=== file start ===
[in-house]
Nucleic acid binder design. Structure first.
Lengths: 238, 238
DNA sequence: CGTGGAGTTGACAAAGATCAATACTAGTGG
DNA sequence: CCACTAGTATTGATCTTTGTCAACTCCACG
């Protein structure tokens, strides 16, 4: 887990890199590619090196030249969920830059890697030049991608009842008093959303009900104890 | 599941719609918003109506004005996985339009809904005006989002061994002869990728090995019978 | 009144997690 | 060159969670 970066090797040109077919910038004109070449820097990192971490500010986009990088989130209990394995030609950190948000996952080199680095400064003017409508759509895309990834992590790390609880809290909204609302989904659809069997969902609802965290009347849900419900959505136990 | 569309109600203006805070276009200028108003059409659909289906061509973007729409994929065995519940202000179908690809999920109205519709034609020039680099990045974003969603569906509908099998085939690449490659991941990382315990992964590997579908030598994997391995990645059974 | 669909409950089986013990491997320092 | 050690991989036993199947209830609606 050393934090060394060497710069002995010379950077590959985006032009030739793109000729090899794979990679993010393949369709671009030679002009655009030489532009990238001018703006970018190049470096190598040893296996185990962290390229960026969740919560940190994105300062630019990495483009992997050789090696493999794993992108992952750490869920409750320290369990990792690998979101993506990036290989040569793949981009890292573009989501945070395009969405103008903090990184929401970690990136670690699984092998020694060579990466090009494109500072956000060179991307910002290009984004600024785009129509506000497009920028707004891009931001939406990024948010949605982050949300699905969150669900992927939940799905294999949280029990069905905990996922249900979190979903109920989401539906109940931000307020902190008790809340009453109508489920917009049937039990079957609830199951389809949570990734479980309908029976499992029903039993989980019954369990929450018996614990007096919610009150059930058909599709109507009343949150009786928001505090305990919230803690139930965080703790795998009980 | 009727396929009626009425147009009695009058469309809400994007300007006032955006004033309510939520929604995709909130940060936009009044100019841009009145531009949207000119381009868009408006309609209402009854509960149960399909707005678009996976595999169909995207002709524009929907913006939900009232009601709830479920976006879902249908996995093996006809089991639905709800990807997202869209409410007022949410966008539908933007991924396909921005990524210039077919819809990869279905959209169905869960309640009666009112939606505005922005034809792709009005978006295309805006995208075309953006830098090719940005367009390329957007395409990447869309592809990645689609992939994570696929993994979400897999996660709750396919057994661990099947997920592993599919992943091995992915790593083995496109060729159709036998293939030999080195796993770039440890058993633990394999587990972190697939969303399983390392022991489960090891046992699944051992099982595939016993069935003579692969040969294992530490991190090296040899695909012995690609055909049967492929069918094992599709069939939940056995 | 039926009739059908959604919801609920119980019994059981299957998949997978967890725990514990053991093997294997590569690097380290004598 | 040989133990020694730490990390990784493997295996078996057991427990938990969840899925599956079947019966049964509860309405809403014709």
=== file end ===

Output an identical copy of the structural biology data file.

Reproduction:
[in-house]
Nucleic acid binder design. Structure first.
Lengths: 238, 238
DNA sequence: CGTGGAGTTGACAAAGATCAATACTAGTGG
DNA sequence: CCACTAGTATTGATCTTTGTCAACTCCACG
């Protein structure tokens, strides 16, 4: 887990890199590619090196030249969920830059890697030049991608009842008093959303009900104890 | 599941719609918003109506004005996985339009809904005006989002061994002869990728090995019978 | 009144997690 | 060159969670 970066090797040109077919910038004109070449820097990192971490500010986009990088989130209990394995030609950190948000996952080199680095400064003017409508759509895309990834992590790390609880809290909204609302989904659809069997969902609802965290009347849900419900959505136990 | 569309109600203006805070276009200028108003059409659909289906061509973007729409994929065995519940202000179908690809999920109205519709034609020039680099990045974003969603569906509908099998085939690449490659991941990382315990992964590997579908030598994997391995990645059974 | 669909409950089986013990491997320092 | 050690991989036993199947209830609606 050393934090060394060497710069002995010379950077590959985006032009030739793109000729090899794979990679993010393949369709671009030679002009655009030489532009990238001018703006970018190049470096190598040893296996185990962290390229960026969740919560940190994105300062630019990495483009992997050789090696493999794993992108992952750490869920409750320290369990990792690998979101993506990036290989040569793949981009890292573009989501945070395009969405103008903090990184929401970690990136670690699984092998020694060579990466090009494109500072956000060179991307910002290009984004600024785009129509506000497009920028707004891009931001939406990024948010949605982050949300699905969150669900992927939940799905294999949280029990069905905990996922249900979190979903109920989401539906109940931000307020902190008790809340009453109508489920917009049937039990079957609830199951389809949570990734479980309908029976499992029903039993989980019954369990929450018996614990007096919610009150059930058909599709109507009343949150009786928001505090305990919230803690139930965080703790795998009980 | 009727396929009626009425147009009695009058469309809400994007300007006032955006004033309510939520929604995709909130940060936009009044100019841009009145531009949207000119381009868009408006309609209402009854509960149960399909707005678009996976595999169909995207002709524009929907913006939900009232009601709830479920976006879902249908996995093996006809089991639905709800990807997202869209409410007022949410966008539908933007991924396909921005990524210039077919819809990869279905959209169905869960309640009666009112939606505005922005034809792709009005978006295309805006995208075309953006830098090719940005367009390329957007395409990447869309592809990645689609992939994570696929993994979400897999996660709750396919057994661990099947997920592993599919992943091995992915790593083995496109060729159709036998293939030999080195796993770039440890058993633990394999587990972190697939969303399983390392022991489960090891046992699944051992099982595939016993069935003579692969040969294992530490991190090296040899695909012995690609055909049967492929069918094992599709069939939940056995 | 039926009739059908959604919801609920119980019994059981299957998949997978967890725990514990053991093997294997590569690097380290004598 | 040989133990020694730490990390990784493997295996078996057991427990938990969840899925599956079947019966049964509860309405809403014709």